With blueprints you can create highly customized layouts that display the perfect interface for any type of data.
A blueprint layout is made up of columns, and each column can hold any number of sections. Kirby ships with the following section types:
Define forms for your content
List, edit and upload files
Add help text and info boxes to the Panel to help your editors
List and edit subpages
You can combine those section types in any way you like and also use multiple sections with the same type in a single blueprint layout.
For one page type you might need a list of all subpages, files and a few form elements, whereas for the next page type you just need subpages or a gallery. With sections, all this is possible.
title: My blueprint columns: - width: 2/3 sections: # sections in the left column - width: 1/3 sections: # sections in the right column
The following widths are available when defining columns:
Once you have set up your base column layout, the fun part begins and you can now add some sections.
title: My blueprint columns: # main - width: 2/3 sections: # a simple form content: type: fields fields: headline: label: Headline type: text text: label: Text type: textarea # sidebar - width: 1/3 sections: # a list of subpages pages: type: pages headline: Subpages # a list of files files: type: files headline: Files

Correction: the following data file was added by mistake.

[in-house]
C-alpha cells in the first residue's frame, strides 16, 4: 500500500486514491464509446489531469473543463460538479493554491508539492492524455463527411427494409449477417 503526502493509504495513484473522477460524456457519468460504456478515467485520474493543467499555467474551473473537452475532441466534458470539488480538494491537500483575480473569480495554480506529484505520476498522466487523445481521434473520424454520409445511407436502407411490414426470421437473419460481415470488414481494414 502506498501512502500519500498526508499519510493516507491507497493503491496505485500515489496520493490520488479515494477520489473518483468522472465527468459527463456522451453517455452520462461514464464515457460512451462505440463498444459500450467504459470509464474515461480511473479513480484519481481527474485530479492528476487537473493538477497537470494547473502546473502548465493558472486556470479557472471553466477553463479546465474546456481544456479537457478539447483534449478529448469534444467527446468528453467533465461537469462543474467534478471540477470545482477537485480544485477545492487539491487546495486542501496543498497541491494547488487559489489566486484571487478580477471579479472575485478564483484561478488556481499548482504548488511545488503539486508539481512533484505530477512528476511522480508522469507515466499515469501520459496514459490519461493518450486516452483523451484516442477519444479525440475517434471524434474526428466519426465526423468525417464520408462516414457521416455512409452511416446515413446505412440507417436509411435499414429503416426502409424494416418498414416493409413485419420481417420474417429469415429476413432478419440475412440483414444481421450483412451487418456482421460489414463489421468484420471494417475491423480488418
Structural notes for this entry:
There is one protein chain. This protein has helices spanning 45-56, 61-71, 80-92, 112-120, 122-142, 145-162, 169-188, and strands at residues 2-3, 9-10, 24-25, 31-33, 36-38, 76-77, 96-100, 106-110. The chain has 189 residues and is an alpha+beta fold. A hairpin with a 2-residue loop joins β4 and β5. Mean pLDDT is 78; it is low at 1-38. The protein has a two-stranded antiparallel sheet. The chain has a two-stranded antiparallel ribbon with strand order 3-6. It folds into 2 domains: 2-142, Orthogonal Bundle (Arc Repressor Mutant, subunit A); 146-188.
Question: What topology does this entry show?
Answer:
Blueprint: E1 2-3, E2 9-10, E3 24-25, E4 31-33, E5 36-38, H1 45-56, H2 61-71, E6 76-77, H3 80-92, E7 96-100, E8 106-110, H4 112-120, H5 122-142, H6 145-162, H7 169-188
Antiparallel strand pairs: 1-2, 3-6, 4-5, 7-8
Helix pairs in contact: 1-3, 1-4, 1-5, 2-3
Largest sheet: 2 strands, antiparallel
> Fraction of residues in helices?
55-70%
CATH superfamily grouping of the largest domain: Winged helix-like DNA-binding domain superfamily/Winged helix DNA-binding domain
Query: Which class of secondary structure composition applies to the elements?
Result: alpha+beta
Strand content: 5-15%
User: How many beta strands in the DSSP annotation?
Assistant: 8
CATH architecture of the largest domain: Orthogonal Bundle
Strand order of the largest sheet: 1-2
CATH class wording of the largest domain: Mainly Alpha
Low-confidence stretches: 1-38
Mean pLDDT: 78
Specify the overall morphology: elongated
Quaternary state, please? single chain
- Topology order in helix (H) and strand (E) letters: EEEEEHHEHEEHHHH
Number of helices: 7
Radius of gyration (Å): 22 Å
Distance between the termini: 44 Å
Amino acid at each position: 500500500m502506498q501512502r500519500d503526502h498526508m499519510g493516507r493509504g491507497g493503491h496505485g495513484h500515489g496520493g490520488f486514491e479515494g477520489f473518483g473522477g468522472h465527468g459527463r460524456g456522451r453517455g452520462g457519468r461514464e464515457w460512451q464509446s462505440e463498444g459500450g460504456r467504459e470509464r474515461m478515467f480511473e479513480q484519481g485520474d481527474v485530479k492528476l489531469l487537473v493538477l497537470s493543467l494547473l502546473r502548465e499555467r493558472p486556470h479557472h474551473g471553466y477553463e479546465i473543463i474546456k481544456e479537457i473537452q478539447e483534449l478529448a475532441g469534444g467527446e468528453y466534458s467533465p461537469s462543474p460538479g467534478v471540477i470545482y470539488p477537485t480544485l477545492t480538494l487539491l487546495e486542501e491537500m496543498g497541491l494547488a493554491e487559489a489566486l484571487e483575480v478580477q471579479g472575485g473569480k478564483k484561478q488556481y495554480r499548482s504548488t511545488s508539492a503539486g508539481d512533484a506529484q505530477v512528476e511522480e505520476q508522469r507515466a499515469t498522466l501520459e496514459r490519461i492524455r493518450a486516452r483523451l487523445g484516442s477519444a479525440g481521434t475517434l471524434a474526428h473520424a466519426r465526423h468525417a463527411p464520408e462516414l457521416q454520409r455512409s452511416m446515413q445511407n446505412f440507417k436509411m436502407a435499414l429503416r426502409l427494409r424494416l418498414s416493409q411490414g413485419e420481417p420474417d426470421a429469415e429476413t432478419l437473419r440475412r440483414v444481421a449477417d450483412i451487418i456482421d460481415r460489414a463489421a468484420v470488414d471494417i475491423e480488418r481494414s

You can probably already see how flexible this is. By slightly changing the columns, we can change the interface drastically.
Sidebar on the left
title: My blueprint columns: # sidebar - width: 1/3 sections: # a list of subpages … # a list of files … # main - width: 2/3 sections: # a simple form …
title: My blueprint columns: # sidebar left - width: 1/4 sections: # a list of subpages … # main - width: 2/4 sections: # a simple form … # sidebar right - width: 1/4 sections: # a list of files …
If you don't need multiple columns, you can keep your blueprint a lot shorter by using the
sections option instead of defining columns. This will automatically create a single-column layout for you, where all sections are listed below each other.
title: My blueprint sections: drafts: type: pages headline: Drafts status: draft published: type: pages headline: Published pages status: listed
Some blueprint types don't even need sections at all and a simple form is enough. In this case you can make your blueprints even shorter and add the fields definition directly without defining sections or columns.
title: My blueprint fields: headline: label: Headline type: text text: label: Text type: textarea
Kirby gives you the flexibility to set up the Panel, so that it adapts to the needs of every single page/template. Use the layout possibilities to create the structure that works best for you:
title: My blueprint columns: - width: 1/1 sections: gallery: type: files layout: card ... - width: 1/2 sections: drafts: type: pages status: draft ... review: type: pages status: unlisted ... - width: 1/2 sections: published: type: pages status: listed ...
If this isn't yet enough ways and space for you to structure your sections and fields, move on with tabs.